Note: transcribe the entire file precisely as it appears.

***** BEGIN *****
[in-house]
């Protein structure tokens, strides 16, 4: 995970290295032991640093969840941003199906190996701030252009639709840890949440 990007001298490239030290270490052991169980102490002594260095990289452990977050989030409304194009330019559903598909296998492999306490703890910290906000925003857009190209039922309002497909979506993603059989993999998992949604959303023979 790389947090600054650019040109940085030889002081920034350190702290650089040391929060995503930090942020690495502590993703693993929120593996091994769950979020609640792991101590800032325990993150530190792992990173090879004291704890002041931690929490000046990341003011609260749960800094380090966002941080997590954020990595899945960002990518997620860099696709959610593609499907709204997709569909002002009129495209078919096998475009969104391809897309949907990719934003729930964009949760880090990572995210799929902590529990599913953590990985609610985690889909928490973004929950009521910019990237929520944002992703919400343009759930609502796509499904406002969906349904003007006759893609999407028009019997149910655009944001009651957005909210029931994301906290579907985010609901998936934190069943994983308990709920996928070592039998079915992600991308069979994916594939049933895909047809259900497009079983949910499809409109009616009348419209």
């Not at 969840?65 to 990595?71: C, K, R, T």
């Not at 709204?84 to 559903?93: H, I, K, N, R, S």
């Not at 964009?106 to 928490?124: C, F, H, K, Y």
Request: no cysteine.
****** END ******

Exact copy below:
[in-house]
């Protein structure tokens, strides 16, 4: 995970290295032991640093969840941003199906190996701030252009639709840890949440 990007001298490239030290270490052991169980102490002594260095990289452990977050989030409304194009330019559903598909296998492999306490703890910290906000925003857009190209039922309002497909979506993603059989993999998992949604959303023979 790389947090600054650019040109940085030889002081920034350190702290650089040391929060995503930090942020690495502590993703693993929120593996091994769950979020609640792991101590800032325990993150530190792992990173090879004291704890002041931690929490000046990341003011609260749960800094380090966002941080997590954020990595899945960002990518997620860099696709959610593609499907709204997709569909002002009129495209078919096998475009969104391809897309949907990719934003729930964009949760880090990572995210799929902590529990599913953590990985609610985690889909928490973004929950009521910019990237929520944002992703919400343009759930609502796509499904406002969906349904003007006759893609999407028009019997149910655009944001009651957005909210029931994301906290579907985010609901998936934190069943994983308990709920996928070592039998079915992600991308069979994916594939049933895909047809259900497009079983949910499809409109009616009348419209």
């Not at 969840?65 to 990595?71: C, K, R, T």
């Not at 709204?84 to 559903?93: H, I, K, N, R, S």
């Not at 964009?106 to 928490?124: C, F, H, K, Y």
Request: no cysteine.